• The Tour de France – Beyond the Belgian Border

    by  • June 25, 2014 • Brussels, City Breaks, Multi Centre Breaks, Sport, World War I, Ypres

    A Brief Encounter with Ypres

    With Wimbledon underway and England already on the plane home from Rio, so our attention turns to the next great summer sporting spectacle – the Tour de France. There’s already been much hype about the imminent Grand Départ from Yorkshire, taking in the cities of Leeds, Harrogate, York and Sheffield, before snaking its way down to Cambridge and then into London, prior to crossing the channel and hitting French soil. Yet did you know it only stays in France for one day before heading across the border to the Belgian town of Ypres?


    Ypres (or Ieper in Flemish) was founded on the cloth trade in the Middle Ages, but it is most commonly known for its role in the First World War. Occupied by the German army for just one night, on 14 October 1914, Ypres fell under the control of Allied Forces when some five million British and Commonwealth soldiers passed through here on their way to the fierce battles of the Salient. As a mark of remembrance for the centenary of the Great War, the peloton sets off from this attractive Flemish town on Wednesday, 9th July with an informal departure from the Grote Markt before officially getting underway at 2pm from the French military ceremony, Saint-Charles de Potyze.

    Reduced to rubble as a result of the constant bombardment, Ypres has since been fully restored, from the picturesque chocolate box houses to the majestic Cloth Hall in the centre of the Grote Markt. Today the Cloth Hall plays host to the In Flanders Fields Museum, where visitors can experience many different accounts of the war through original films of wartime Ypres, extracts from the songs sung by the boys in the fields, stories and an impressive collection of private letters and telegrams donated by families who lost loved ones in the fields of Flanders. (Please note the museum will be closed on Wednesday, 9th July).


    Originally a medieval gateway to the town, the Menin Gate was also rebuilt and is perhaps the most famous Commonwealth memorial in Flanders. Indeed since its grand unveiling in 1927, the Last Post has been played in front of this memorial every night, bar a short intermission during World War II, a touching and poignant reminder of the lives once lost. If you’ve got the time, Ypres is also an excellent location for exploring other Great War sites of Western Flanders such as the Tyne Cot Cemetery, the largest Commonwealth cemetery in the world, and the town of Poperinge where soldiers came to rest behind the front line, particularly Talbot House, known as Toc H after the army signal code used in the war.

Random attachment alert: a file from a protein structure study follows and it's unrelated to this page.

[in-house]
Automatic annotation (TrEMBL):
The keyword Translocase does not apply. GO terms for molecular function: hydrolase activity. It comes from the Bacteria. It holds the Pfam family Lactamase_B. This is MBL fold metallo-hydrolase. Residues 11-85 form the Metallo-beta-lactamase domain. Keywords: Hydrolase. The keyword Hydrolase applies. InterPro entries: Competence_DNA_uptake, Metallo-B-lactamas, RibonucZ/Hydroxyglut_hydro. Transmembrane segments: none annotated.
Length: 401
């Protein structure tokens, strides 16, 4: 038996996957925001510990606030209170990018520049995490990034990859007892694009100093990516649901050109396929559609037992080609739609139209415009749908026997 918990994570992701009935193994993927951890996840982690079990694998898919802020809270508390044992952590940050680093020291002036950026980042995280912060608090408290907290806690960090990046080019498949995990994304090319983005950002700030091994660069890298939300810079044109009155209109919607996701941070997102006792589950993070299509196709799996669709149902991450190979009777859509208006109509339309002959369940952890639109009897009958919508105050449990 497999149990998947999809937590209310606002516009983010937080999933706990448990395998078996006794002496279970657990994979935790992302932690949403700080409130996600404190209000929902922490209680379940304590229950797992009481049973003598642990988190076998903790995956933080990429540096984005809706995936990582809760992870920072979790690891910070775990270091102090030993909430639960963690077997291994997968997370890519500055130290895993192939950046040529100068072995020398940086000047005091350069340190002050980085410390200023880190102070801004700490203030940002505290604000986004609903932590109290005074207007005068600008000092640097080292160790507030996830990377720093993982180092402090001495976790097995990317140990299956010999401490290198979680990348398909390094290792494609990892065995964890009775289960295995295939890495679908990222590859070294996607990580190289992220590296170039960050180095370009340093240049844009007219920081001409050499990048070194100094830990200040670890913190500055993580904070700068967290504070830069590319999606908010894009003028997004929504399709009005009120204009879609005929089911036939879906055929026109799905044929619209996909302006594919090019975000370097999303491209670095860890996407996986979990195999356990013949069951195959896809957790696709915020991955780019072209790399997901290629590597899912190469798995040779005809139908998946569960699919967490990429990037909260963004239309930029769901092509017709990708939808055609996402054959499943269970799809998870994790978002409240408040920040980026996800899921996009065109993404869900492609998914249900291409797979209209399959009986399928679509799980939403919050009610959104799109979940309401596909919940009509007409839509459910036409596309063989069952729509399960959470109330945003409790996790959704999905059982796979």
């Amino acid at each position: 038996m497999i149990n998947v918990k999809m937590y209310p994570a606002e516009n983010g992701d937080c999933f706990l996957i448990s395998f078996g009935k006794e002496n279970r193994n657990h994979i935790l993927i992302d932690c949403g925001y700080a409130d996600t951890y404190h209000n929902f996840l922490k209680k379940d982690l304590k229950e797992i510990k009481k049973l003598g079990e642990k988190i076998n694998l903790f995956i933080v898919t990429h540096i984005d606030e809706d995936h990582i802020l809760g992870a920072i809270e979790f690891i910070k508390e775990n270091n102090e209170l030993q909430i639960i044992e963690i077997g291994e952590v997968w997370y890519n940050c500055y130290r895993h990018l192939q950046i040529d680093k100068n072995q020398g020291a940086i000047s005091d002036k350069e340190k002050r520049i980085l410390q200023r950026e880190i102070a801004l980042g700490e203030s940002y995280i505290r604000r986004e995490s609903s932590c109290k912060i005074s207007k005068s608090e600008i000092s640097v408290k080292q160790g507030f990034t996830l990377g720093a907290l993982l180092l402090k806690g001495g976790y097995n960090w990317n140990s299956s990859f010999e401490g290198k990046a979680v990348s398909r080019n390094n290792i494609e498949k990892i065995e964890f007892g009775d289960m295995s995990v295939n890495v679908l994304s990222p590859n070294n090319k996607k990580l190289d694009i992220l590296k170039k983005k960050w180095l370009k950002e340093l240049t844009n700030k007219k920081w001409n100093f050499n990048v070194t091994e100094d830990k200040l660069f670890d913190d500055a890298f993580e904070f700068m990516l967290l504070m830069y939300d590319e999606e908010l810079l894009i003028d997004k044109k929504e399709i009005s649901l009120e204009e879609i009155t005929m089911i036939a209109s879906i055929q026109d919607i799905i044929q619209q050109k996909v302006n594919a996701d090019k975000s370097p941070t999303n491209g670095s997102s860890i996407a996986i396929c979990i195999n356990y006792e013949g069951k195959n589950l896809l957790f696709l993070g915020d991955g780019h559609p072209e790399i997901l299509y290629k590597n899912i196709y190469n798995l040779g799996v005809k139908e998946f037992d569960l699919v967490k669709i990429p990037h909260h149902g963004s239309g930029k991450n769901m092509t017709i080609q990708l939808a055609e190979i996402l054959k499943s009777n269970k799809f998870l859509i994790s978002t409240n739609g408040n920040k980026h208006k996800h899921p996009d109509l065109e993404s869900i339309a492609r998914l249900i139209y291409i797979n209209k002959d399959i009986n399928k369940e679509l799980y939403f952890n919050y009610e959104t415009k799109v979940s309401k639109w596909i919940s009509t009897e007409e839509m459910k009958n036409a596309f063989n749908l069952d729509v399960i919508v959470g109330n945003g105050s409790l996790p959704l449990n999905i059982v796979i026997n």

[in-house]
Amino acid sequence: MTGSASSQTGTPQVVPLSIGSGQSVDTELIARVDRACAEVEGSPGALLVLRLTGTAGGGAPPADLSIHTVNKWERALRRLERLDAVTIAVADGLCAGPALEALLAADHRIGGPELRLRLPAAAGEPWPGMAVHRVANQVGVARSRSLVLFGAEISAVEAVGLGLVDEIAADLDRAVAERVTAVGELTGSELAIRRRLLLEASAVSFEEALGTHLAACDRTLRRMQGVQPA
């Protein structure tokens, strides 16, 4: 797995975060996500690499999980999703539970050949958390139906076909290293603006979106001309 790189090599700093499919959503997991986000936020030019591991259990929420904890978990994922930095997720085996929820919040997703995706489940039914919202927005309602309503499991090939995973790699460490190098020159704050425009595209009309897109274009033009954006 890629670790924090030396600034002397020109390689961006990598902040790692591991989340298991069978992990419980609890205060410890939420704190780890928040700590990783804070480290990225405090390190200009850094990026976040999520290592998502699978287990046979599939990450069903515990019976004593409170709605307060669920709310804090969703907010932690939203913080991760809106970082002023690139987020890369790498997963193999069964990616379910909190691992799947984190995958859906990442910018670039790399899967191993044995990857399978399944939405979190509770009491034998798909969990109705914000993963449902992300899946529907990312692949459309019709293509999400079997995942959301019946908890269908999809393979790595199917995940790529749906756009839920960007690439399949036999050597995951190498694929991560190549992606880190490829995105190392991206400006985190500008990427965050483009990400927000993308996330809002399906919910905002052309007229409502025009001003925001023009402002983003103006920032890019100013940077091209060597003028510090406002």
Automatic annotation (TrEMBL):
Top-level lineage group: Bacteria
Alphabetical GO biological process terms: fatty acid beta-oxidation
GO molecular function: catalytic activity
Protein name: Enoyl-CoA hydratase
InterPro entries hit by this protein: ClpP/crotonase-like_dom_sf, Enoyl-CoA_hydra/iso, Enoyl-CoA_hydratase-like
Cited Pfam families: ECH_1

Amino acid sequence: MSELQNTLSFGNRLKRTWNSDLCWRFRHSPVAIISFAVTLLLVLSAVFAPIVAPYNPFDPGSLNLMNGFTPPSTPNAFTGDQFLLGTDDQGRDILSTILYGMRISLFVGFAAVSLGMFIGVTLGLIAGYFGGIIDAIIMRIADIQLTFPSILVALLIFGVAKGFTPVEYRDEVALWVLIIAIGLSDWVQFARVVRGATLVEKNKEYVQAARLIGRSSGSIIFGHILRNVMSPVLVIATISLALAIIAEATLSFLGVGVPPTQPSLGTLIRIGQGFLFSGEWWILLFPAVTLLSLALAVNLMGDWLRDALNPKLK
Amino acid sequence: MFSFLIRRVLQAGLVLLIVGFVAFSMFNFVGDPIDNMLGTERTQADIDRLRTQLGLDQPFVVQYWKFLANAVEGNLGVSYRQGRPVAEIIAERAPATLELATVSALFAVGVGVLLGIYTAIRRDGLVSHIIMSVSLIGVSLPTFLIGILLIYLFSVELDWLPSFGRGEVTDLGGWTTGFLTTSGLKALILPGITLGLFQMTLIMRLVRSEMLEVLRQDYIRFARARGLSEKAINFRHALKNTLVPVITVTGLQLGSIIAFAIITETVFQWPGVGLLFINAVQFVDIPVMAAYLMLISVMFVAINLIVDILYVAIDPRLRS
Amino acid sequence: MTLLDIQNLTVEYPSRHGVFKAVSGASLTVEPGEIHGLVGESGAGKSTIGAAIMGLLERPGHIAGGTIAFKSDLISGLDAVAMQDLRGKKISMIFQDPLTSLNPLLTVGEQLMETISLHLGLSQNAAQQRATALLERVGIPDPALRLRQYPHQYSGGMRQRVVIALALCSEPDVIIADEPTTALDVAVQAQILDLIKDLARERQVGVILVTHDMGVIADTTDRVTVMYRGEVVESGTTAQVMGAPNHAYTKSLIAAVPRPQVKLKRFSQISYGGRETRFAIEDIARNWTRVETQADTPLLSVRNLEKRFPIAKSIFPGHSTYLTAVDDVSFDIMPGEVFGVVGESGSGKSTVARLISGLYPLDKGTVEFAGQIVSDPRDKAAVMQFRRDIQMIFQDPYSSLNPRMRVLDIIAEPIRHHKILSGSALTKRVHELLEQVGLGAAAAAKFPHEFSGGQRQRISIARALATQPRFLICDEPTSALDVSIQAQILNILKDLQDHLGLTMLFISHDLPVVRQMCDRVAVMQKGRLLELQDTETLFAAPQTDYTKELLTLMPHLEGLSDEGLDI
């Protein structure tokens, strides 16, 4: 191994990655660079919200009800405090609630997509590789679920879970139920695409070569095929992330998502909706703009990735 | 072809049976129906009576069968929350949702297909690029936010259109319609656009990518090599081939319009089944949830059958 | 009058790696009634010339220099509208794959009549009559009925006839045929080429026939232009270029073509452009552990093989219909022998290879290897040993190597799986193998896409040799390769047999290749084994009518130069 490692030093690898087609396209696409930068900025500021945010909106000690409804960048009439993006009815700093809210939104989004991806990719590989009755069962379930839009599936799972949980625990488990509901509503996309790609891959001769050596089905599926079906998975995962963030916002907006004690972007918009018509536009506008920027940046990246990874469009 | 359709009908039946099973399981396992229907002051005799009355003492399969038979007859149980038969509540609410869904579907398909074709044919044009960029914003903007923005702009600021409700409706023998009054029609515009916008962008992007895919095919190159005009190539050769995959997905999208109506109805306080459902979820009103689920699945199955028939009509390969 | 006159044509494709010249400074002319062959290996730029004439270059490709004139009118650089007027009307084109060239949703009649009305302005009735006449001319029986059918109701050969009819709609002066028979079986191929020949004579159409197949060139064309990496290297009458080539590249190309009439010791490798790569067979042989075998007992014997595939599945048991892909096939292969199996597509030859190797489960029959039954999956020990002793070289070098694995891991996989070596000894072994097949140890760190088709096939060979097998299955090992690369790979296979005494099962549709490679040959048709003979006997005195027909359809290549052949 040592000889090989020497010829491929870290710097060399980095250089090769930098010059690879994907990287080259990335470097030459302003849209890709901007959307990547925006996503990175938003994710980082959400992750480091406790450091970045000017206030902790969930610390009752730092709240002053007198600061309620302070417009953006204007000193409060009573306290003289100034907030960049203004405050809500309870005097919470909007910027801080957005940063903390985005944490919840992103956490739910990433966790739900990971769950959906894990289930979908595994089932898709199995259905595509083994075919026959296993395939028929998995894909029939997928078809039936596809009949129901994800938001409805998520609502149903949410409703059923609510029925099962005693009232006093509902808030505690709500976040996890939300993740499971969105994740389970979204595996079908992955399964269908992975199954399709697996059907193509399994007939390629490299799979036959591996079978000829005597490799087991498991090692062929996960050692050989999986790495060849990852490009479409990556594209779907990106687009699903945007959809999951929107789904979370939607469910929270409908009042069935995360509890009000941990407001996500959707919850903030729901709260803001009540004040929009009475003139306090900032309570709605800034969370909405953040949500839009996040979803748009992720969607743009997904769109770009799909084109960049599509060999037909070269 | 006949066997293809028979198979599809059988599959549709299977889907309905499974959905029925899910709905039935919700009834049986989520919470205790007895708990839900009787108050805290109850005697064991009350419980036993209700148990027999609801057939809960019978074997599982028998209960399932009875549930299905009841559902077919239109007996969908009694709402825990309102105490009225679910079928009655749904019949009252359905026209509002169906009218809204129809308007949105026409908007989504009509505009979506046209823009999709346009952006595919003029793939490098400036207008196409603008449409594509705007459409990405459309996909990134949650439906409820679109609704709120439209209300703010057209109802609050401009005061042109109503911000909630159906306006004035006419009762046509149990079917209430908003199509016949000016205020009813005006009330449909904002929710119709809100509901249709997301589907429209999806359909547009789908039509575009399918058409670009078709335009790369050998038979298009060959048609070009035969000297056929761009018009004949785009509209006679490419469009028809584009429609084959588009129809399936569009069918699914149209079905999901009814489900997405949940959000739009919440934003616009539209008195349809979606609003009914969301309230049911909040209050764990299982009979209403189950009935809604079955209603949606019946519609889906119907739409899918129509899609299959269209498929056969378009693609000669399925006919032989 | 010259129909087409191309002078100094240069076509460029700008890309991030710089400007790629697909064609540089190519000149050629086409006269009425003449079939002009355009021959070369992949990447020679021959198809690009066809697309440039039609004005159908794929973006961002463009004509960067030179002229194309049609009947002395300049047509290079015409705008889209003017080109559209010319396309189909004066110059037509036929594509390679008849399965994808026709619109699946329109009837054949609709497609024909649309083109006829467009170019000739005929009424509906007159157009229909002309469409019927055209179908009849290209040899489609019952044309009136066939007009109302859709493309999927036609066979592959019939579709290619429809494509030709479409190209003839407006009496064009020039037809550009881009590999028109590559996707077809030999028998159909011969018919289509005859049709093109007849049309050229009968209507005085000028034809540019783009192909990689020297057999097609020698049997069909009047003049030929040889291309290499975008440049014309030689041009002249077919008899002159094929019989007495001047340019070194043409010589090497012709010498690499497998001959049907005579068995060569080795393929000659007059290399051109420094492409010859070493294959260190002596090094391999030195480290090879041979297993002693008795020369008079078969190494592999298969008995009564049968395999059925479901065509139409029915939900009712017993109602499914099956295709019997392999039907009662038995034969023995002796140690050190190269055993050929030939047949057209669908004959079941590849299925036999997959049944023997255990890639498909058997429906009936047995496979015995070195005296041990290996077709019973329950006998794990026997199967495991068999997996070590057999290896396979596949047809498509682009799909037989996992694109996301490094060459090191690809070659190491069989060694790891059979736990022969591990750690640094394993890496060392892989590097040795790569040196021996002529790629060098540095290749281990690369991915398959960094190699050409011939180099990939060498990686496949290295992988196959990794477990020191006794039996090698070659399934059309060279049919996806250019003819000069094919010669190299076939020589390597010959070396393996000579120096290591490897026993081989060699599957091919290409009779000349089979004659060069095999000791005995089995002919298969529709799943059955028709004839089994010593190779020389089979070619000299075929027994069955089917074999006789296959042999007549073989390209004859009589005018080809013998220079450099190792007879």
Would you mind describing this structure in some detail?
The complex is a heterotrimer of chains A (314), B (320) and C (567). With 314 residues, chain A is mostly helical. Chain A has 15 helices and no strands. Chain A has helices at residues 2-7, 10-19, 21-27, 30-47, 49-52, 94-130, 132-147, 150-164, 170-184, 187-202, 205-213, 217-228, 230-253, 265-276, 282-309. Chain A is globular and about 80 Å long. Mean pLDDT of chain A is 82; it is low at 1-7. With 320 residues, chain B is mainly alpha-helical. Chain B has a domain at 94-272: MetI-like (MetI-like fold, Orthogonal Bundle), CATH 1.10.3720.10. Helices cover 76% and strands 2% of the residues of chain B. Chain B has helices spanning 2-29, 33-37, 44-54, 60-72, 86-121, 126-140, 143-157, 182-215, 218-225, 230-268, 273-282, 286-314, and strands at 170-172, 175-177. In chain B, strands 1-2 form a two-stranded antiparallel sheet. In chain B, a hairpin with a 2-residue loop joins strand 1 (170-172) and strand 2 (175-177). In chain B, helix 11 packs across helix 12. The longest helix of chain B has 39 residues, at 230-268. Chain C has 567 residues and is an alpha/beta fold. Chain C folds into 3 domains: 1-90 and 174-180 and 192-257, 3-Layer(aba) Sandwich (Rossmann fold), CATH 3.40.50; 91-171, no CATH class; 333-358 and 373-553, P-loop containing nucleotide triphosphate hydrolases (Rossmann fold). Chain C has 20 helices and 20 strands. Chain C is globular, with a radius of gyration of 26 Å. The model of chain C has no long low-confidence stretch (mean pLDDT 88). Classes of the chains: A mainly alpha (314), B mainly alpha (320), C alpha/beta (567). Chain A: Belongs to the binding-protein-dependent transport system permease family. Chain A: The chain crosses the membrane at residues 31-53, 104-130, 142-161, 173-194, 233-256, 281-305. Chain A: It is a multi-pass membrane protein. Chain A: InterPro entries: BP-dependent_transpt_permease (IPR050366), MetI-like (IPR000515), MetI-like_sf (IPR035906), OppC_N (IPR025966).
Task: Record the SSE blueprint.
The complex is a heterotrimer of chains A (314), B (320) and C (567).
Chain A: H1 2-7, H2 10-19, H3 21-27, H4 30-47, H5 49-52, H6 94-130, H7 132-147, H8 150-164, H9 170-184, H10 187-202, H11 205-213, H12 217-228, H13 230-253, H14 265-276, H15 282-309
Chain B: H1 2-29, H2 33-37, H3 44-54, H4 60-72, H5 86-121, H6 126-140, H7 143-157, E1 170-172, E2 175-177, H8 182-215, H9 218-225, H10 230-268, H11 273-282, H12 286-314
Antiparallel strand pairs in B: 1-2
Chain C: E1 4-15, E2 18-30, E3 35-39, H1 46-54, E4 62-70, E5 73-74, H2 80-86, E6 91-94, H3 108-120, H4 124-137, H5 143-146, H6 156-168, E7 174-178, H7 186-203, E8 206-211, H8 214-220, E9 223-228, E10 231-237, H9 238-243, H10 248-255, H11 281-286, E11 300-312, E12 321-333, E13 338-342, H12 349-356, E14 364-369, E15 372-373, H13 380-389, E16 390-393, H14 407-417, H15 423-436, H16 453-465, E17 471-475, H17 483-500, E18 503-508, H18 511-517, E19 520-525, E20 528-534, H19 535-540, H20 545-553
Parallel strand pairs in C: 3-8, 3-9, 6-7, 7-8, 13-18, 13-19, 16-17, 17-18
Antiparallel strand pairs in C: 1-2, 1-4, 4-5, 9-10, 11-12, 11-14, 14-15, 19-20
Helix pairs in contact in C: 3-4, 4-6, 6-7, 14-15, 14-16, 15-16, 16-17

Incredibly easy to get to as a self-drive short break from Calais, Ypres is also readily accessible via the train as well, taking just one hour, 40 minutes direct from Brussels Midi and just over an hour from Ghent (with a brief change in Kortrijk). Perfect as a day trip from the Belgian capital, or even as a part of a multi-centre Belgian break.


    With a French grandmother, childhood holidays on the continent and a degree in French and Spanish, a love of languages and travel has always been in my blood. Fresh from university with an unfettered enthusiasm to show off my linguistic ability and first-hand knowledge of the world beyond the UK, I entered the travel industry and, 16 years on, I’m still there! With several years spent in the luxury sector planning escorted holidays across Europe for the American market, followed by an even longer tenure designing short breaks with a difference in the must-see cities of Paris, Barcelona, Rome, Amsterdam, Madrid, Prague, Florence, Brussels, Venice, Salzburg, Milan, Krakow and Berlin (to name but a few), it’s fair to say that Europe is my passion! Today my travels have taken me far beyond the boundaries of Europe with so many destinations still to discover, yet the continent abounds in such a wealth of treasures – historical and architectural, cultural and musical, gastronomic, artistic and linguistic – that its appeal, for me, will be eternal.